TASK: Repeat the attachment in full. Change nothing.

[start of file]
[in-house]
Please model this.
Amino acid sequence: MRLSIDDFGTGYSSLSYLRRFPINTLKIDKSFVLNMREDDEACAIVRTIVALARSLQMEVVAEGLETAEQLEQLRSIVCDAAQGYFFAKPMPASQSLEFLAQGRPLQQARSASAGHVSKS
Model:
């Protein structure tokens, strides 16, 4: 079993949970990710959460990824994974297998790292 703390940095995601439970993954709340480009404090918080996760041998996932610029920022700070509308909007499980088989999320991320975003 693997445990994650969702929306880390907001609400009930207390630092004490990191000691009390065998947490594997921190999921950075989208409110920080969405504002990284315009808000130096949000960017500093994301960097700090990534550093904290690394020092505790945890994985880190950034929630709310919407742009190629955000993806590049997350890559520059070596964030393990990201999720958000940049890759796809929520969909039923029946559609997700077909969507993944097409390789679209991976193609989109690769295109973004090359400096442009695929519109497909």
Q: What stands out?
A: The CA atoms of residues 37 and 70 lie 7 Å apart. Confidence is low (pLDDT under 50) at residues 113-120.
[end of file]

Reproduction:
[in-house]
Please model this.
Amino acid sequence: MRLSIDDFGTGYSSLSYLRRFPINTLKIDKSFVLNMREDDEACAIVRTIVALARSLQMEVVAEGLETAEQLEQLRSIVCDAAQGYFFAKPMPASQSLEFLAQGRPLQQARSASAGHVSKS
Model:
């Protein structure tokens, strides 16, 4: 079993949970990710959460990824994974297998790292 703390940095995601439970993954709340480009404090918080996760041998996932610029920022700070509308909007499980088989999320991320975003 693997445990994650969702929306880390907001609400009930207390630092004490990191000691009390065998947490594997921190999921950075989208409110920080969405504002990284315009808000130096949000960017500093994301960097700090990534550093904290690394020092505790945890994985880190950034929630709310919407742009190629955000993806590049997350890559520059070596964030393990990201999720958000940049890759796809929520969909039923029946559609997700077909969507993944097409390789679209991976193609989109690769295109973004090359400096442009695929519109497909």
Q: What stands out?
A: The CA atoms of residues 37 and 70 lie 7 Å apart. Confidence is low (pLDDT under 50) at residues 113-120.